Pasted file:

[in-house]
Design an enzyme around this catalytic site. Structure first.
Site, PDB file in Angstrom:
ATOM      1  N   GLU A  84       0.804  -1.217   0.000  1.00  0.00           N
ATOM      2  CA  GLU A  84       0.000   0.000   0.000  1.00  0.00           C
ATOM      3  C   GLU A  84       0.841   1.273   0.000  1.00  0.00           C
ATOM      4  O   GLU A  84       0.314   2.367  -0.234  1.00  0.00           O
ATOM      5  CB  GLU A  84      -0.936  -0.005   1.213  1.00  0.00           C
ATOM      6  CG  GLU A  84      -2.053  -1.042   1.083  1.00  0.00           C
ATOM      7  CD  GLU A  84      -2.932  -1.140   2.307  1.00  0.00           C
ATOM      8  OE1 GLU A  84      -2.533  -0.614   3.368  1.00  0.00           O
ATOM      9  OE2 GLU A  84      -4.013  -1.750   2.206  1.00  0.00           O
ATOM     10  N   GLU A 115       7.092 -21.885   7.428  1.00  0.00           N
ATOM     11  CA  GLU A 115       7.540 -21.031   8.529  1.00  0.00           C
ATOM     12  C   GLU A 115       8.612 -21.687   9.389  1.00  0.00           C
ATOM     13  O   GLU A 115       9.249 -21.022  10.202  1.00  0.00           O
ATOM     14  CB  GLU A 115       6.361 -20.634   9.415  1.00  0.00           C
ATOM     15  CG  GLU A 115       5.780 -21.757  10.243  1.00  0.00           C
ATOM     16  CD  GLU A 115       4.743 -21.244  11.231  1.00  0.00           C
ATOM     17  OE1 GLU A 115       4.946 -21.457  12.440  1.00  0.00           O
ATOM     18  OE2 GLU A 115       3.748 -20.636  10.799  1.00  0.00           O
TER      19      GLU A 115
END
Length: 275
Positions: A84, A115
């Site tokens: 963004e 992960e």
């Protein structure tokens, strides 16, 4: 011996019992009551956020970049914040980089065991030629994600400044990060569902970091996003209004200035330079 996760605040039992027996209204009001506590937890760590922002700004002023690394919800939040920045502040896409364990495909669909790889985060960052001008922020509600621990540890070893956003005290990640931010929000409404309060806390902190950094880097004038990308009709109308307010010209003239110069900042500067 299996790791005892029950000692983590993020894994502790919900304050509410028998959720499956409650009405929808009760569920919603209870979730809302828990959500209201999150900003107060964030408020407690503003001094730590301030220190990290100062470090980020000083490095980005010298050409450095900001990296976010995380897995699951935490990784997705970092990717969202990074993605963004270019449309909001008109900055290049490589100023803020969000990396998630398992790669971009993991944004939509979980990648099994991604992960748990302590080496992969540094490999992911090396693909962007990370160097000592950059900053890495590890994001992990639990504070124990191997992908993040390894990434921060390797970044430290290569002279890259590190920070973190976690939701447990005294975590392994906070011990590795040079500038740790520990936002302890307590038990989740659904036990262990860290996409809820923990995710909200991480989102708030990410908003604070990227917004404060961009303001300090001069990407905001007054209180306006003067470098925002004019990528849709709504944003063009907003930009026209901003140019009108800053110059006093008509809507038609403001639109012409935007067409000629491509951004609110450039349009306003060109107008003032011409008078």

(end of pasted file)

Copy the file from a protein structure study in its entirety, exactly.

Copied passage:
[in-house]
Design an enzyme around this catalytic site. Structure first.
Site, PDB file in Angstrom:
ATOM      1  N   GLU A  84       0.804  -1.217   0.000  1.00  0.00           N
ATOM      2  CA  GLU A  84       0.000   0.000   0.000  1.00  0.00           C
ATOM      3  C   GLU A  84       0.841   1.273   0.000  1.00  0.00           C
ATOM      4  O   GLU A  84       0.314   2.367  -0.234  1.00  0.00           O
ATOM      5  CB  GLU A  84      -0.936  -0.005   1.213  1.00  0.00           C
ATOM      6  CG  GLU A  84      -2.053  -1.042   1.083  1.00  0.00           C
ATOM      7  CD  GLU A  84      -2.932  -1.140   2.307  1.00  0.00           C
ATOM      8  OE1 GLU A  84      -2.533  -0.614   3.368  1.00  0.00           O
ATOM      9  OE2 GLU A  84      -4.013  -1.750   2.206  1.00  0.00           O
ATOM     10  N   GLU A 115       7.092 -21.885   7.428  1.00  0.00           N
ATOM     11  CA  GLU A 115       7.540 -21.031   8.529  1.00  0.00           C
ATOM     12  C   GLU A 115       8.612 -21.687   9.389  1.00  0.00           C
ATOM     13  O   GLU A 115       9.249 -21.022  10.202  1.00  0.00           O
ATOM     14  CB  GLU A 115       6.361 -20.634   9.415  1.00  0.00           C
ATOM     15  CG  GLU A 115       5.780 -21.757  10.243  1.00  0.00           C
ATOM     16  CD  GLU A 115       4.743 -21.244  11.231  1.00  0.00           C
ATOM     17  OE1 GLU A 115       4.946 -21.457  12.440  1.00  0.00           O
ATOM     18  OE2 GLU A 115       3.748 -20.636  10.799  1.00  0.00           O
TER      19      GLU A 115
END
Length: 275
Positions: A84, A115
């Site tokens: 963004e 992960e």
């Protein structure tokens, strides 16, 4: 011996019992009551956020970049914040980089065991030629994600400044990060569902970091996003209004200035330079 996760605040039992027996209204009001506590937890760590922002700004002023690394919800939040920045502040896409364990495909669909790889985060960052001008922020509600621990540890070893956003005290990640931010929000409404309060806390902190950094880097004038990308009709109308307010010209003239110069900042500067 299996790791005892029950000692983590993020894994502790919900304050509410028998959720499956409650009405929808009760569920919603209870979730809302828990959500209201999150900003107060964030408020407690503003001094730590301030220190990290100062470090980020000083490095980005010298050409450095900001990296976010995380897995699951935490990784997705970092990717969202990074993605963004270019449309909001008109900055290049490589100023803020969000990396998630398992790669971009993991944004939509979980990648099994991604992960748990302590080496992969540094490999992911090396693909962007990370160097000592950059900053890495590890994001992990639990504070124990191997992908993040390894990434921060390797970044430290290569002279890259590190920070973190976690939701447990005294975590392994906070011990590795040079500038740790520990936002302890307590038990989740659904036990262990860290996409809820923990995710909200991480989102708030990410908003604070990227917004404060961009303001300090001069990407905001007054209180306006003067470098925002004019990528849709709504944003063009907003930009026209901003140019009108800053110059006093008509809507038609403001639109012409935007067409000629491509951004609110450039349009306003060109107008003032011409008078």